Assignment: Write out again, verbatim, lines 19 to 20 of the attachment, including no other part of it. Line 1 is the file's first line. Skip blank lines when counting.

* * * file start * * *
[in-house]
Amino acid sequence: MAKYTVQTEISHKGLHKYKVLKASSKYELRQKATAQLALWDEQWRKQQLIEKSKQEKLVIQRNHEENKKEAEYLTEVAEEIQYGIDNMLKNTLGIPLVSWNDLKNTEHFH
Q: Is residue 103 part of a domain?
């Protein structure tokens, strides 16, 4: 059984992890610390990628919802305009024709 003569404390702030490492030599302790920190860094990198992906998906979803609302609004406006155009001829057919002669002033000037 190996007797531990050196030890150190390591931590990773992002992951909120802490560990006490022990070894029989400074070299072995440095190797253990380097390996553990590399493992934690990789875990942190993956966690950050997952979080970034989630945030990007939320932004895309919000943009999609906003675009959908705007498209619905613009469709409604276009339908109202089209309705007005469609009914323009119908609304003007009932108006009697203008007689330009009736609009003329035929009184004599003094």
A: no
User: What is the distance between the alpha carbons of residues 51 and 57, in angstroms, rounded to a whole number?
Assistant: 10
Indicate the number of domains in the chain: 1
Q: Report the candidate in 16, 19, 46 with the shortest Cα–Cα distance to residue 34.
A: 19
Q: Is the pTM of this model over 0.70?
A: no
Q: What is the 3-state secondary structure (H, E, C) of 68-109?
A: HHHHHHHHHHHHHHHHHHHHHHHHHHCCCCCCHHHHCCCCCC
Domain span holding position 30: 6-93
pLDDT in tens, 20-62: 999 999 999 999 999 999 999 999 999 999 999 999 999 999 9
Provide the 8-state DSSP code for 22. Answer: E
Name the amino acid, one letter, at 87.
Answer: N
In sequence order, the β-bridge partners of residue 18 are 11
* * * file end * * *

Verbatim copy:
Answer: N
In sequence order, the β-bridge partners of residue 18 are 11